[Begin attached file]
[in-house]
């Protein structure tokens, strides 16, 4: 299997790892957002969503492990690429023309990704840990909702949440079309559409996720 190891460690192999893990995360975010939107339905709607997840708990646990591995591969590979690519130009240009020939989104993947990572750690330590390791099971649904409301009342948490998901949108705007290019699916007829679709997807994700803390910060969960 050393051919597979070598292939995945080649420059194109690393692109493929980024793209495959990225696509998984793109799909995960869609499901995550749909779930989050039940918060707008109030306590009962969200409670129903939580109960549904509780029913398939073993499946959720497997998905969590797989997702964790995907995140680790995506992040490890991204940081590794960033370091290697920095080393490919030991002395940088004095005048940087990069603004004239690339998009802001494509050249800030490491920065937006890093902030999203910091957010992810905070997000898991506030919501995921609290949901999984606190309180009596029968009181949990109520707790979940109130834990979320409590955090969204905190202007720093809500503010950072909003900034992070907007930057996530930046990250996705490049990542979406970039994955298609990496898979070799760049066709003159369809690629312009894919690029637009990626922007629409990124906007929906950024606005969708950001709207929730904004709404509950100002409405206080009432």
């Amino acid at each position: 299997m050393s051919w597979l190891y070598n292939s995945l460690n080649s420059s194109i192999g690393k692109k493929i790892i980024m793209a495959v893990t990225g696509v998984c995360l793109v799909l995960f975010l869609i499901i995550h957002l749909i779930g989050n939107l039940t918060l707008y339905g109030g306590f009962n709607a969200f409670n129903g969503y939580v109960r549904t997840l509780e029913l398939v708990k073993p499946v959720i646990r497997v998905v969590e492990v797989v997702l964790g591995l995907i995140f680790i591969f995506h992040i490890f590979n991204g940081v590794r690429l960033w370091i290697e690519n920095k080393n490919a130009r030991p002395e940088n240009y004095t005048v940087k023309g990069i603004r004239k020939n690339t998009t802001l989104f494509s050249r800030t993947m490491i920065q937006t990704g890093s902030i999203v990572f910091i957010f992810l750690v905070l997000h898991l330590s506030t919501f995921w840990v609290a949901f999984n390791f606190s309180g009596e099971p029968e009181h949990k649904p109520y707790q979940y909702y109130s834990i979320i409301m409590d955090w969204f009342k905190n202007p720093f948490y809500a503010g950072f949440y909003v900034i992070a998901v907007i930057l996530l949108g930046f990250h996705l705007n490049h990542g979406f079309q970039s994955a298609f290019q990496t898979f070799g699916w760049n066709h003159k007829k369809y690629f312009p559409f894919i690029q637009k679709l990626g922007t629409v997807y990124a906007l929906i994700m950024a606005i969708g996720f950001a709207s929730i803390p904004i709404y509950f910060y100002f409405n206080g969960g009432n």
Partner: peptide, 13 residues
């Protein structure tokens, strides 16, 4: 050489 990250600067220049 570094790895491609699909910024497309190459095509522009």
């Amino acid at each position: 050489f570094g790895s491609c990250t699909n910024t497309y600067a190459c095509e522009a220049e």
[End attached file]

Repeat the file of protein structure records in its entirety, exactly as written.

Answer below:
[in-house]
């Protein structure tokens, strides 16, 4: 299997790892957002969503492990690429023309990704840990909702949440079309559409996720 190891460690192999893990995360975010939107339905709607997840708990646990591995591969590979690519130009240009020939989104993947990572750690330590390791099971649904409301009342948490998901949108705007290019699916007829679709997807994700803390910060969960 050393051919597979070598292939995945080649420059194109690393692109493929980024793209495959990225696509998984793109799909995960869609499901995550749909779930989050039940918060707008109030306590009962969200409670129903939580109960549904509780029913398939073993499946959720497997998905969590797989997702964790995907995140680790995506992040490890991204940081590794960033370091290697920095080393490919030991002395940088004095005048940087990069603004004239690339998009802001494509050249800030490491920065937006890093902030999203910091957010992810905070997000898991506030919501995921609290949901999984606190309180009596029968009181949990109520707790979940109130834990979320409590955090969204905190202007720093809500503010950072909003900034992070907007930057996530930046990250996705490049990542979406970039994955298609990496898979070799760049066709003159369809690629312009894919690029637009990626922007629409990124906007929906950024606005969708950001709207929730904004709404509950100002409405206080009432």
């Amino acid at each position: 299997m050393s051919w597979l190891y070598n292939s995945l460690n080649s420059s194109i192999g690393k692109k493929i790892i980024m793209a495959v893990t990225g696509v998984c995360l793109v799909l995960f975010l869609i499901i995550h957002l749909i779930g989050n939107l039940t918060l707008y339905g109030g306590f009962n709607a969200f409670n129903g969503y939580v109960r549904t997840l509780e029913l398939v708990k073993p499946v959720i646990r497997v998905v969590e492990v797989v997702l964790g591995l995907i995140f680790i591969f995506h992040i490890f590979n991204g940081v590794r690429l960033w370091i290697e690519n920095k080393n490919a130009r030991p002395e940088n240009y004095t005048v940087k023309g990069i603004r004239k020939n690339t998009t802001l989104f494509s050249r800030t993947m490491i920065q937006t990704g890093s902030i999203v990572f910091i957010f992810l750690v905070l997000h898991l330590s506030t919501f995921w840990v609290a949901f999984n390791f606190s309180g009596e099971p029968e009181h949990k649904p109520y707790q979940y909702y109130s834990i979320i409301m409590d955090w969204f009342k905190n202007p720093f948490y809500a503010g950072f949440y909003v900034i992070a998901v907007i930057l996530l949108g930046f990250h996705l705007n490049h990542g979406f079309q970039s994955a298609f290019q990496t898979f070799g699916w760049n066709h003159k007829k369809y690629f312009p559409f894919i690029q637009k679709l990626g922007t629409v997807y990124a906007l929906i994700m950024a606005i969708g996720f950001a709207s929730i803390p904004i709404y509950f910060y100002f409405n206080g969960g009432n």
Partner: peptide, 13 residues
């Protein structure tokens, strides 16, 4: 050489 990250600067220049 570094790895491609699909910024497309190459095509522009």
């Amino acid at each position: 050489f570094g790895s491609c990250t699909n910024t497309y600067a190459c095509e522009a220049e």